Summary

We have been successfully using sops-secrets-operator at Zapier for a few years now.

Pros

  • Intermediate CI/CD tooling does not need to have access to decrypt secrets

  • Works on simple and proven technology like sops

  • Secrets are encrypted and stored in git

Cons

  • Duplicate secrets for each Kubernetes cluster. When secrets are updated, need to update the SopsSecret artifacts for each cluster

  • There's a chance that a user might, by mistake, commit and push an unencrypted SopsSecret artifact to git

  • No granular access control to secrets. Since we use the same KMS key to encrypt/decrypt all SopsSecret artifacts in the Argo configs repo, all users with access to the repo can view secrets for other applications they don't own.

Vault

In early 2021, we deployed Vault at Zapier, and we started fiddling with options to use Vault for managing secrets in Zapier. Among many other things, Vault provided us with a centralized place for managing secrets, a user-friendly UI and CLI, and granular access control. From our OIDC provider and service catalog, we have automated setting up separate secret engines for teams and giving team members necessary access to the team's secret engines.

To have a quick and simple replacement of sops-secrets-operator, we used external-secrets to manage secrets in Kubernetes. Similar to our above workflow with SopsSecret artifacts, we'd add ExternalSecret artifact(s) in the templates directory of the application's Helm chart. The external-secrets operator will reconcile these ExternalSecret objects and create native Kubernetes Secret objects by fetching the secrets from Vault. An example ExternalSecret will look something like the below.

apiVersion: external-secrets.io/v1beta1
kind: ExternalSecret
metadata:
  name: vault-example
spec:
  refreshInterval: "15s"
  secretStoreRef:
    name: vault-backend
    kind: SecretStore
  target:
    name: example-sync
  data:
  - secretKey: foobar
    remoteRef:
      key: secret/foo
      property: my-value
---
# will create a secret with:
kind: Secret
metadata:
  name: example-sync
data:
  foobar: czNjcjN0

The major win in ExternalSecret definition over SopsSecret is that you only have references to the actual secret in Vault, rather than the actual encrypted secret value. This means that if a secret gets updated, you won't need to update these ExternalSecret artifacts for all your Kubernetes clusters. You will only need to update these ExternalSecret artifacts when you add or remove secret keys.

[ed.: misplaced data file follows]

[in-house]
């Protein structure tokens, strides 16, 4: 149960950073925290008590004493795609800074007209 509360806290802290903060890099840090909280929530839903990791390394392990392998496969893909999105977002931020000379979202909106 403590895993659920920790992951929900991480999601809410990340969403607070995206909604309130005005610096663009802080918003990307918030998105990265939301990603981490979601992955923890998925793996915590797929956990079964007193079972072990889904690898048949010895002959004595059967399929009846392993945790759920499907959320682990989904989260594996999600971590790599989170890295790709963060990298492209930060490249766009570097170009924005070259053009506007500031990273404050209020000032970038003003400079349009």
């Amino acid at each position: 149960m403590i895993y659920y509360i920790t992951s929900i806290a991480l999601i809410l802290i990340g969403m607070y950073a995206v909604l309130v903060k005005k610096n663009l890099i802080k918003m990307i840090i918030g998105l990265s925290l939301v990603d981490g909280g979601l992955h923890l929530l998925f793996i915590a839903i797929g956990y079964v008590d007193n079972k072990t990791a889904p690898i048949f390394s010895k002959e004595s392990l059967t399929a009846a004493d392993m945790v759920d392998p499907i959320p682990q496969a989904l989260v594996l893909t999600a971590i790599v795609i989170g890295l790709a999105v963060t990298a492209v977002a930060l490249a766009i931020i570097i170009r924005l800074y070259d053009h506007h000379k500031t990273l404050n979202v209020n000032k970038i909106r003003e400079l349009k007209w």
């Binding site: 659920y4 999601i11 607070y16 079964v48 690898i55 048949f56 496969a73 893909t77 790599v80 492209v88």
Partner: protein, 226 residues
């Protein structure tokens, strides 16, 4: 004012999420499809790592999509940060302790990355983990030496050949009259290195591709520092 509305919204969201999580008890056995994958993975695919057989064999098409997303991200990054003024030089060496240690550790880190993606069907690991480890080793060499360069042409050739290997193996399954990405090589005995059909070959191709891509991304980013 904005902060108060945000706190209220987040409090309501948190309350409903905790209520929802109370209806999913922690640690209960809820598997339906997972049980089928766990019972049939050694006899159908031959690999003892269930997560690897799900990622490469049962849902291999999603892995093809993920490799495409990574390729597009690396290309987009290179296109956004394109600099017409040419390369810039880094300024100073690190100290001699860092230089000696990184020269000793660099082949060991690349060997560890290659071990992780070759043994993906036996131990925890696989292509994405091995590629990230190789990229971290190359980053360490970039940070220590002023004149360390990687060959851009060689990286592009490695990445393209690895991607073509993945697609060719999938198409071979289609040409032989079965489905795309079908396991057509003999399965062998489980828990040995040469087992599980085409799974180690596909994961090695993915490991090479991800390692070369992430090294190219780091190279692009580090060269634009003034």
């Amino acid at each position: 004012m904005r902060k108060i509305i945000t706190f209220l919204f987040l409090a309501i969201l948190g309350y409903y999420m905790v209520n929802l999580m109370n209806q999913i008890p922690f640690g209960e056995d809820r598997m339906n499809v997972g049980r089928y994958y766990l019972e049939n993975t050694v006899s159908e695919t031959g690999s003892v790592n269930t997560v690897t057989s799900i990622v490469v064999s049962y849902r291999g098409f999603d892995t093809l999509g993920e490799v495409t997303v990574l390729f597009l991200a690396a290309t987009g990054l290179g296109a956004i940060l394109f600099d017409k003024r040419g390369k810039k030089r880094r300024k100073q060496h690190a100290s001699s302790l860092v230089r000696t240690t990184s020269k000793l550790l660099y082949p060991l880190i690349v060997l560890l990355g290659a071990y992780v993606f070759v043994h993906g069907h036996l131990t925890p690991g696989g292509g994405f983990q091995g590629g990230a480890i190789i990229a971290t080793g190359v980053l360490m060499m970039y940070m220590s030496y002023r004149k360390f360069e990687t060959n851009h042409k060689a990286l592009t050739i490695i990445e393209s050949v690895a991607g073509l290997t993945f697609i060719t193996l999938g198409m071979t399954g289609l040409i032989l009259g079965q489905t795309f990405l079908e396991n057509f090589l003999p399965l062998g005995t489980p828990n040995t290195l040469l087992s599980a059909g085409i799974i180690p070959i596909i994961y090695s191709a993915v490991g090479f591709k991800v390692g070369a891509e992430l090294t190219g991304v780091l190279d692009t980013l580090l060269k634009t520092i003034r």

However, the downside to our external-secret setup is that the external-secret service account has access to read secrets for all apps in Vault. To work around this shortcoming, we are exploring Vault CSI provider so that we can define access to specific Vault secret engines and paths based on Kubernetes service accounts and namespaces. Similar to Kubernetes secrets, on pod start and restart, the Secrets Store CSI driver communicates with the provider using gRPC to retrieve the secret content from the external Secrets Store specified in the SecretProviderClass custom resource. Then the volume is mounted in the pod as tmpfs and the secret contents are written to the volume.

We are finding Vault to be a quality secret management solution across various services and applications at Zapier, be it in Kubernetes or not.

Summary

Pros

  • Granular access control for developers and services to view and update secrets

  • Out of the box Kubernetes authentication mapping Kubernetes service accounts to Vault roles

  • Central place to manage secrets in a secure way

  • No duplicate secrets for each Kubernetes cluster.

  • No chance for unencrypted secrets getting committed to repo by mistake. Secret artifacts are readable and contain only references to Vault paths.

Cons

  • We define secrets (in Vault) and use secrets (in ExternalSecret, CSI Secret) in different places. Developers, initially, find it confusing

Conclusion

That's how and why we moved from Helm secrets to SOPS secrets operator to Vault for secrets management in Kubernetes at Zapier. We are thankful to the creators & maintainers of the awesome Open Source tools mentioned above for supporting our journey of secrets management in Kubernetes. We have grown and learned many things during this journey, and we will keep evolving our secret management practices for Kubernetes at Zapier to stay up to date with the best security practices and tools.